The advance of therapy for pediatric ALL is a success story that oncology can revel in; it also places the bar very high for the rest of the oncology landscape. Whereas pediatric ALL therapy can cure upward of 80 percent of patients, success in adult ALL is stuck at a rate of ~40 percent. Indeed, some pediatric trials are using risk stratification to give less therapy to some cases. This is a mind-boggling luxury for those physicians who work in the adult arena.
Two recent papers have direct relevance to how we should be treating adult ALL. The first, by Fielding, et al., examines the fate of adult ALL cases that relapse after therapy. The paper is a clear, illuminating, and utterly depressing read. The overall five-year survival for cases who relapsed was only 7 percent. This bleak result was not influenced by the type of therapy the patients initially received (i.e., chemotherapy or transplantation). For those who received chemotherapy following transplant, only 4 percent survived. Patients who were "salvaged" with allogeneic transplant fared slightly better, with a survival of 23 percent. The paper’s overwhelming conclusion is that there is one good chance to cure patients, and that more toxicity up front might be a reasonable tradeoff for a decreased relapse rate.
The recent results of the MRC/ECOG trial of front-line therapy for ALL suggest that allogeneic transplantation might offer the best chance for cure. In this trial, patients who had a donor were eligible for transplant in first CR; those without a donor were potentially randomized to autologous or chemotherapy. Of the 1,929 patients entering the trial, 1,031 were HLA typed, and 443 patients had an HLA-matched related donor, while 588 did not. Analysis was performed based on the donor status. The study suggests that, for Ph-chromosome-negative patients, more intense therapy is associated with greater success, with overall survival in allogeneic >autologous> chemotherapy (~53 percent vs. 45 percent vs. 37 percent, respectively). The advantage of allogeneic transplantation did not appear to be as strong in high-risk ALL, due to an unusual amount of non-relapse mortality among the transplant recipients. There are, of course, the usual caveats attached to such complex studies: worries about dropout rate, differences in the percentages of patients acceptable to randomization, analysis by "intent" rather than actual treatment, etc.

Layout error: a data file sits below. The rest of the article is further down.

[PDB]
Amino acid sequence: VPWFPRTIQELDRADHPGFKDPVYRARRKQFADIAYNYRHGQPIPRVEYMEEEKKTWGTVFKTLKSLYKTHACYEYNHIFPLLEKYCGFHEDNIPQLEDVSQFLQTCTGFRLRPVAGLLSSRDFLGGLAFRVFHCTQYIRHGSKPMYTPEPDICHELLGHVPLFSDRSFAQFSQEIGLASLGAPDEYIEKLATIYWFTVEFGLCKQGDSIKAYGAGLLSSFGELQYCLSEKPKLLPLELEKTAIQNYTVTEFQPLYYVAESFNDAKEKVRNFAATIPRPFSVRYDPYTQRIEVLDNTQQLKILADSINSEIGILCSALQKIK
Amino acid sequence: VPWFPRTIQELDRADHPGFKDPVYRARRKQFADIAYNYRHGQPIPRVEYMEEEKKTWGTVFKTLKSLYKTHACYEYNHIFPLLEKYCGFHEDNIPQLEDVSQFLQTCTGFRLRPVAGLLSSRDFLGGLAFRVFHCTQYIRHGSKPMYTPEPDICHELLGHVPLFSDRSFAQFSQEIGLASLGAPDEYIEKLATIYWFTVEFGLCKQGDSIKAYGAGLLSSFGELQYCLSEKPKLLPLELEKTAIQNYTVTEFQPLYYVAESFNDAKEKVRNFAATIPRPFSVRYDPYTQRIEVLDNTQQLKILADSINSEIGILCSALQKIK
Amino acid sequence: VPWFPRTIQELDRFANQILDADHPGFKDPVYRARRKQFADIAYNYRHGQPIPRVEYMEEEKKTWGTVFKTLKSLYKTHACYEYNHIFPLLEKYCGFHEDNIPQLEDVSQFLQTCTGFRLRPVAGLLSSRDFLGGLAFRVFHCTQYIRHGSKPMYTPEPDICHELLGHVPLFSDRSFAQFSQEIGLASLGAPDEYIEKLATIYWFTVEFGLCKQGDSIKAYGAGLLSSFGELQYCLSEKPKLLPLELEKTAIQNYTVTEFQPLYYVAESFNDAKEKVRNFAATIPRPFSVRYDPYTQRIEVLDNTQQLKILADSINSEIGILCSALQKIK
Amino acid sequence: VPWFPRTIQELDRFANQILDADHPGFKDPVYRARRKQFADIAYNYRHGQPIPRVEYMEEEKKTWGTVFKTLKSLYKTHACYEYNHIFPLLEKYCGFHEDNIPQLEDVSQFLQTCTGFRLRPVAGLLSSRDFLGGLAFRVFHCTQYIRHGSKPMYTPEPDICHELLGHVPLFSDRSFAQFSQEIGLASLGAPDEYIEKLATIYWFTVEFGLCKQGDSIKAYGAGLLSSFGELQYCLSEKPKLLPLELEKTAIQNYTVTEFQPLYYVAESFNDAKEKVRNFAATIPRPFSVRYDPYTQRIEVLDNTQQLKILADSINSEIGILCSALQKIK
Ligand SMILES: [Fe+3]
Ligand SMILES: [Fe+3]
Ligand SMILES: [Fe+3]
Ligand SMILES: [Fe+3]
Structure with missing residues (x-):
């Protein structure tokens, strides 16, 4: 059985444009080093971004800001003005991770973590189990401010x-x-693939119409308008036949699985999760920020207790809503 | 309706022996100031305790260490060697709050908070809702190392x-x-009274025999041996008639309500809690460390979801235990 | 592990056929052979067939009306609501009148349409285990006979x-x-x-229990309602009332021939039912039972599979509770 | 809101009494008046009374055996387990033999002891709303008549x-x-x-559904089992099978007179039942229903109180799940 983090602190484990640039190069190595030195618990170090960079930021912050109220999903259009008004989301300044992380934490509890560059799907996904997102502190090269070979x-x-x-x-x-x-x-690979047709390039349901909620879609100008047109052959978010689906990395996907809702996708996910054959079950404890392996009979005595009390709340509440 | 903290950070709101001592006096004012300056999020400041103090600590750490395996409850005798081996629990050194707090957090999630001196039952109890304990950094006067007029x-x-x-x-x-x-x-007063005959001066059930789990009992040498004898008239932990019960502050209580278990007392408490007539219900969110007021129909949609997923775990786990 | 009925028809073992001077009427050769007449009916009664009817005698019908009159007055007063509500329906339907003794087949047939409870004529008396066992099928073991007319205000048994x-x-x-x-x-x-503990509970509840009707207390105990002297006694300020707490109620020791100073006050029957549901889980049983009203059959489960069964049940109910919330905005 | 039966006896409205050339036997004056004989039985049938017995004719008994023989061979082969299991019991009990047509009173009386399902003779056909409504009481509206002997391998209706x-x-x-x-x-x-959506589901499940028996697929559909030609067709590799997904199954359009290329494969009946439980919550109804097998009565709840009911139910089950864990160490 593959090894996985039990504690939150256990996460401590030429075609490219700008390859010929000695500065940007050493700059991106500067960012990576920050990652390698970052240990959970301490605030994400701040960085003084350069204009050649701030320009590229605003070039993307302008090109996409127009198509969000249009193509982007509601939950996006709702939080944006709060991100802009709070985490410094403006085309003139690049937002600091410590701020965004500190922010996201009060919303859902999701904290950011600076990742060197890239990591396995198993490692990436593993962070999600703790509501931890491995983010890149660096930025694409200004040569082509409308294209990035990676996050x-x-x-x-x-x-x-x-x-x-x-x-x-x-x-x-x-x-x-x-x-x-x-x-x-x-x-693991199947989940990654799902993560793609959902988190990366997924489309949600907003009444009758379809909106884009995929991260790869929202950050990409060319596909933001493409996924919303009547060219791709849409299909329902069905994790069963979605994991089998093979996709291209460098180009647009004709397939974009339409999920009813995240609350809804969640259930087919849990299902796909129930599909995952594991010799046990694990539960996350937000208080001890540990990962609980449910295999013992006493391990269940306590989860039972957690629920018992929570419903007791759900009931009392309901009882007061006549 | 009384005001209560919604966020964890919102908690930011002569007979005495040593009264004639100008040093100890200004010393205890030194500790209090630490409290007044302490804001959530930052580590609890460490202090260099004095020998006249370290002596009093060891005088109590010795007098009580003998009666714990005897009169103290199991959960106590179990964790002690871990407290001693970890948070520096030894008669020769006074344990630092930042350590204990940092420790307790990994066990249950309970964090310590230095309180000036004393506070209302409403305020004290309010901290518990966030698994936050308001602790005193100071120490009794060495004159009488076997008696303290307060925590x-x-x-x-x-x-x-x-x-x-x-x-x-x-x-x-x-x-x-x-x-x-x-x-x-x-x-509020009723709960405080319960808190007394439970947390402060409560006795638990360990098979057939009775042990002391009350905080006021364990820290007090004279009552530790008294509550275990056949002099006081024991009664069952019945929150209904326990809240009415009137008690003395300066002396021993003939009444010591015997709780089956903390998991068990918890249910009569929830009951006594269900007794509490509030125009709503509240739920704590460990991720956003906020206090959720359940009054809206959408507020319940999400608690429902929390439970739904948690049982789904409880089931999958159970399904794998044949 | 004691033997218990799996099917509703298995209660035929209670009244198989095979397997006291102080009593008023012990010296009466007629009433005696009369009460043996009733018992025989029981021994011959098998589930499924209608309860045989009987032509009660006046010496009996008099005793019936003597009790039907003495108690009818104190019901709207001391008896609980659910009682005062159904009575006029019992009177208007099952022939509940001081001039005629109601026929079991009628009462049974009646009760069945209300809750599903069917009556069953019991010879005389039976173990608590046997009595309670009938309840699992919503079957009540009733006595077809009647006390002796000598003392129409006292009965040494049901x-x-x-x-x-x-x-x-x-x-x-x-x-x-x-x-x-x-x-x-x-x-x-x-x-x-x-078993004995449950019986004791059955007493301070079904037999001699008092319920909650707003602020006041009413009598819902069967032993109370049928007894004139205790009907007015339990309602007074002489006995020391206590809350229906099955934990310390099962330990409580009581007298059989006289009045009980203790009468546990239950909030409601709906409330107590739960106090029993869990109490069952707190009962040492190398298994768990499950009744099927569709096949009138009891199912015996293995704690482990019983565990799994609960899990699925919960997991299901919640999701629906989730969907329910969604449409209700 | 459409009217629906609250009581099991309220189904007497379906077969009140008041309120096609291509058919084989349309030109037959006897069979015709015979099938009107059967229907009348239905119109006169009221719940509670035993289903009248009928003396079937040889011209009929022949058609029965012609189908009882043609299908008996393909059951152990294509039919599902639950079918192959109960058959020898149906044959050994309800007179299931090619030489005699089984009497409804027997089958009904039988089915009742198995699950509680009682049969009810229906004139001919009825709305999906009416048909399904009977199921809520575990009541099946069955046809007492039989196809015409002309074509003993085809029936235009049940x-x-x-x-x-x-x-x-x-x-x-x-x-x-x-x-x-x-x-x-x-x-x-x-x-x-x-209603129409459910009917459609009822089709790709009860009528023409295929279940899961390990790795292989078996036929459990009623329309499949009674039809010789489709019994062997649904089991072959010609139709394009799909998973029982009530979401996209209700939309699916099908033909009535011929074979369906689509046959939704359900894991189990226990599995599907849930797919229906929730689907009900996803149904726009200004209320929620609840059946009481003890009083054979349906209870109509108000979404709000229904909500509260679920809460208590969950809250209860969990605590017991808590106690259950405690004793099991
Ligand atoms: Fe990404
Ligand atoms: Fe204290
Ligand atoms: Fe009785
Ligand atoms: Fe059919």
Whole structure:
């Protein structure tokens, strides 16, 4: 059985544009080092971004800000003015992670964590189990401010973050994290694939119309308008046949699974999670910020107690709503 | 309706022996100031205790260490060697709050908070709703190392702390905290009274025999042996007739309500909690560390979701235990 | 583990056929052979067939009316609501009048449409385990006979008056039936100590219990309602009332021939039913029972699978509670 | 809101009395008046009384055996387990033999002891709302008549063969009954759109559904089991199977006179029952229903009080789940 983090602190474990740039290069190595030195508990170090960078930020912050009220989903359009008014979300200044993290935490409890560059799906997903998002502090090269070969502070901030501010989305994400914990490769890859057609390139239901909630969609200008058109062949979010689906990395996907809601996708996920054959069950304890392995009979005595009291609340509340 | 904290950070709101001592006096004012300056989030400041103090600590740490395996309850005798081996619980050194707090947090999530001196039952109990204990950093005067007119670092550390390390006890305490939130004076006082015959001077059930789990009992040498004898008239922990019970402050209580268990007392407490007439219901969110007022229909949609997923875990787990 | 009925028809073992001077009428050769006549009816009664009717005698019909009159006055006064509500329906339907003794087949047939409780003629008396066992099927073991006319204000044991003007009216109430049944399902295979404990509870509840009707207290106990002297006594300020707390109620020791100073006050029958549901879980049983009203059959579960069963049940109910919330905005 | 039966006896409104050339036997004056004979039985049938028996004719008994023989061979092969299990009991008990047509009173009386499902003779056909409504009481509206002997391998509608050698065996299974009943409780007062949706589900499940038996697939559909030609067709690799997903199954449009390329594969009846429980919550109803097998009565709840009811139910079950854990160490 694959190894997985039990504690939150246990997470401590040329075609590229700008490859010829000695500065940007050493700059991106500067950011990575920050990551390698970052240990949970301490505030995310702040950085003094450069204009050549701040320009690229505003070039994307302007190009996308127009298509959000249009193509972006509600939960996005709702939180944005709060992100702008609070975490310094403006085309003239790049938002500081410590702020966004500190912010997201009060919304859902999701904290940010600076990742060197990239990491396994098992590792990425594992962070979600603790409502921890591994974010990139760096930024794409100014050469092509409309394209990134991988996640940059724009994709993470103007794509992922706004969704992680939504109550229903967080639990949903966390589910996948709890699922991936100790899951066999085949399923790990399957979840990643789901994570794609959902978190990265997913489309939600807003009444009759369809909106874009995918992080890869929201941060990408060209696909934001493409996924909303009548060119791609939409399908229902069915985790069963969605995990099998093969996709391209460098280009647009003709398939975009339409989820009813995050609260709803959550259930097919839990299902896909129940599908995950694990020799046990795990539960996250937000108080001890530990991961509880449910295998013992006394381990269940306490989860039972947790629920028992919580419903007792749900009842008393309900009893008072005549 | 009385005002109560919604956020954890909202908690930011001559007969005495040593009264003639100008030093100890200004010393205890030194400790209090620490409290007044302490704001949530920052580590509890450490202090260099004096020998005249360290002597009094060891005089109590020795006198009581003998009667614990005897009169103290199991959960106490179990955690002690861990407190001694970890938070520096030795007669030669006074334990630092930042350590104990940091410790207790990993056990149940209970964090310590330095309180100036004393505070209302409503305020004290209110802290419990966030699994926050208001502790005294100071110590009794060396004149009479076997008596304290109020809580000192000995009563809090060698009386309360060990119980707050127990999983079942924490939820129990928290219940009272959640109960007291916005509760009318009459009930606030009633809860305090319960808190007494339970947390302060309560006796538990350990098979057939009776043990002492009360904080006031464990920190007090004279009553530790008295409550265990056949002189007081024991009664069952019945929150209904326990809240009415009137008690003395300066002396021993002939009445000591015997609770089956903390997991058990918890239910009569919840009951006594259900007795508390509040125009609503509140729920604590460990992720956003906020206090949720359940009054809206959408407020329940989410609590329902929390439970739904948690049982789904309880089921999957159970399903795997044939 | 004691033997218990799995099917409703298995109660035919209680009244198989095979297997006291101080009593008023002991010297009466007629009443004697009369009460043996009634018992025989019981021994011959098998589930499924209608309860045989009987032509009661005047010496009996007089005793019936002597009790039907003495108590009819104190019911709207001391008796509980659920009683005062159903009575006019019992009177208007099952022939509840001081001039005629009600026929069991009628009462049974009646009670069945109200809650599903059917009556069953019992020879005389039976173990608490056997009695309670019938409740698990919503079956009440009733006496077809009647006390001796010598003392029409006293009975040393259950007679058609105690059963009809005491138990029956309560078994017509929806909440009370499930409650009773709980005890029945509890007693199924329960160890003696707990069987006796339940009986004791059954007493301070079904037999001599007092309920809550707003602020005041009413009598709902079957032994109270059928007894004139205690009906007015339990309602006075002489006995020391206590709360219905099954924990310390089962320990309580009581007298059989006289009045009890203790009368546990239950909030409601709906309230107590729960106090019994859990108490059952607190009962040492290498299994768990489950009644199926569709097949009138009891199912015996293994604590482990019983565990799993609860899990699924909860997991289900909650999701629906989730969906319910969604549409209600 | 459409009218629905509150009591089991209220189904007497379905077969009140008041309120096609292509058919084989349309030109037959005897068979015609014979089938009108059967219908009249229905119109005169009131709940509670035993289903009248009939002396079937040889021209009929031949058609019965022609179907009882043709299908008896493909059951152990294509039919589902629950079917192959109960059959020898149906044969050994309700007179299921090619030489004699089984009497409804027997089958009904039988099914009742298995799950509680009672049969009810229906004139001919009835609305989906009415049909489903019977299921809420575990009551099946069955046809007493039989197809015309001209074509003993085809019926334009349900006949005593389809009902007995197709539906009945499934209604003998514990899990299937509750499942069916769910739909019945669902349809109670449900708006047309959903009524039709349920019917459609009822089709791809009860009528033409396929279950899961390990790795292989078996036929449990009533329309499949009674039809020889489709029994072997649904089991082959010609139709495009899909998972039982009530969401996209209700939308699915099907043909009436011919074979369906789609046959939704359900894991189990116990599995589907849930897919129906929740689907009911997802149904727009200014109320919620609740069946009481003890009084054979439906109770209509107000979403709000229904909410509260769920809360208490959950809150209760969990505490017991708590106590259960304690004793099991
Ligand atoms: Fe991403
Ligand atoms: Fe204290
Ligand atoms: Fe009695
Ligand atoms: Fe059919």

A reasonable interpretation of the data would suggest:
Adult ALL patients should be offered a clinical trial whenever possible. The prevailing therapy is not good enough to be a "standard" therapy.
Allogeneic transplantation should be considered in patients who are at good risk. Given that, at many centers, unrelated transplant results are similar to related, both avenues of donors should be considered.
Physicians should employ the most rigorous methods of minimal residual disease detection, either flow cytometric or molecular (i.e., immunoglobulin heavy-chain VDJ rearrangements). Physicians should demand that their centers adopt technology that can detect at least one leukemic cell in a background of >1,000 normal cells, since this level of detection has been shown to reliably predict relapse.
More money needs to be spent studying the biology of ALL. Except for Ph+ ALL, the "targeted" therapeutic revolution has passed over ALL. Much discovery is needed in adult ALL if we wish to ever approach the success of our pediatric colleagues in this disease.
Dr. Radich indicated no relevant conflicts of interest.